Financing hope: the impact of state and institutional financial aid on undocumented student persistence and success in Texas




Rodriguez, Angelica Aguilar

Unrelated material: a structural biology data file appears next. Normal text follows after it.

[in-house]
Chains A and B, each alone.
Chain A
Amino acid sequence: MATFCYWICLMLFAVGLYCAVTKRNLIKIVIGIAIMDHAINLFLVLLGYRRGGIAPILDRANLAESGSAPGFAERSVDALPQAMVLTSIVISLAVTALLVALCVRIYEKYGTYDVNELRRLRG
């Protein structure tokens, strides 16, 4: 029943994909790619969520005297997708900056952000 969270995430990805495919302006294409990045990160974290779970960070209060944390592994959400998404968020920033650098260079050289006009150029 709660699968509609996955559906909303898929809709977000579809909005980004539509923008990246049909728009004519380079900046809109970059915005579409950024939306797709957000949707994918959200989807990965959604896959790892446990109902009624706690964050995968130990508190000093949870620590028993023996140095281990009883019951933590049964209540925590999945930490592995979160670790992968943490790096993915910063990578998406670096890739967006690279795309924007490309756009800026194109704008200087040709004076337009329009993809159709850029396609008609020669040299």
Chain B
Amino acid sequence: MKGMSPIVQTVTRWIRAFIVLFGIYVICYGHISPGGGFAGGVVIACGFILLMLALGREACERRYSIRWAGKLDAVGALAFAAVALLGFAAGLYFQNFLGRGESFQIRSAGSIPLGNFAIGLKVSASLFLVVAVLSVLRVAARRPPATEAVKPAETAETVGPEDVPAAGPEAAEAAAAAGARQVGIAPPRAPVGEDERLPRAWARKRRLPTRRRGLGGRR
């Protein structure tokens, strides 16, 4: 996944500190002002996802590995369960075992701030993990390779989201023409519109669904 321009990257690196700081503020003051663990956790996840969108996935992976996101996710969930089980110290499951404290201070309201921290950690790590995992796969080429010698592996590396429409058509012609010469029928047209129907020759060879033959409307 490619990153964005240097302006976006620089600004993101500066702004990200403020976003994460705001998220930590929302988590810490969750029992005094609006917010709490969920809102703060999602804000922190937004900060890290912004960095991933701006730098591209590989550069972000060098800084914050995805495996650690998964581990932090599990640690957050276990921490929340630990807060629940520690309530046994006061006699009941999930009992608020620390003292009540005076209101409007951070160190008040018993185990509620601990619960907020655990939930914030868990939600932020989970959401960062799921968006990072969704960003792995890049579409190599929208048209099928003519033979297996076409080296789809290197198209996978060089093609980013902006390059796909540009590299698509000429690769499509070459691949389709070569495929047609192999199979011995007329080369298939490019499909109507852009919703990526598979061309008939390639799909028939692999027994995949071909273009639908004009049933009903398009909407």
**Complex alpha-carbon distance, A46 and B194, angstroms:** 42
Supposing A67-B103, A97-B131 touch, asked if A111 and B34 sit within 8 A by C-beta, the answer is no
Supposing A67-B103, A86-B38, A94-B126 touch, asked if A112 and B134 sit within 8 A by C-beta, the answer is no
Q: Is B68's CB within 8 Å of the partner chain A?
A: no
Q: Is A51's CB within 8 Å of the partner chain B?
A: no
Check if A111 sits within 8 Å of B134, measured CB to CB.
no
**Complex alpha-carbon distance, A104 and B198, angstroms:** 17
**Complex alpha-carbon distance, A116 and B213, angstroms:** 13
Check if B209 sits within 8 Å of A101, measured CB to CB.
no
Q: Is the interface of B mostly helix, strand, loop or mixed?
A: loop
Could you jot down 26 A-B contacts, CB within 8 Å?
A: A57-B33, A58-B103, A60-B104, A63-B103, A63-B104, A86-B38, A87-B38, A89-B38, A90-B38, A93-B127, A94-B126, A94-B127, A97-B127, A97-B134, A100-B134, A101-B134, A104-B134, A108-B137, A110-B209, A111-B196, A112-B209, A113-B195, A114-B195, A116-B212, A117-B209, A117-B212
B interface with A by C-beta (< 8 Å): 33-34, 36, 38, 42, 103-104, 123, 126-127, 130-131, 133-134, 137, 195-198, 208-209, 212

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This study examined how financial aid impacts undocumented college students in Texas by evaluating their (1) year-to-year persistence and (2) degree attainment within six years. Texas is one of five states that provide its undocumented residents both in-state tuition and financial aid. Its policy is over a decade old, making it a prime topic of study. While financial aid has been well established as a key component to student success outcomes, such as persistence and degree attainment, the impact of financial aid on undocumented college students remained unexamined. This study used logistic regression analysis to test a composite conceptual framework on public, student-level data from the Texas Higher Education Coordinating Board (THECB) and the Texas Education Agency (TEA). The conceptual framework includes three blocks of covariates: financial aid, demographic profile, and academic preparation. Undocumented students were identified from triangulated THECB data of tuition status, residency status, and ineligibility for federal aid that specifically identifies students who are “non-immigrant residents” who receive in-state resident tuition and state and institutional financial aid. The study found that while financial aid, especially gift, other, and work-study aid increased year-to-year persistence, it did not increase degree attainment within in six years for undocumented college students. This may be due to insufficient financial aid and/or personal costs of sacrifices and struggles endured by undocumented students. Recommendations for future study include a focus on community colleges, comparison studies with other states, research regarding the lived experiences of undocumented college students in relation to financial aid, and examination of the tipping points in financial aid and departure behavior. Policy and practice recommendations include passing comprehensive immigration reform, passing DREAMer legislation, codifying the Deferred Action for Childhood Arrivals (DACA) policy, creating campus staff positions to support undocumented students, initiating graduation support for undocumented students, presenting training for campus faculty and staff regarding undocumented students, addressing unmet financial need, and providing financial aid and financial literacy counseling. This study is intended to address the gap in research and provide an analysis of data to inform public policy discourse.


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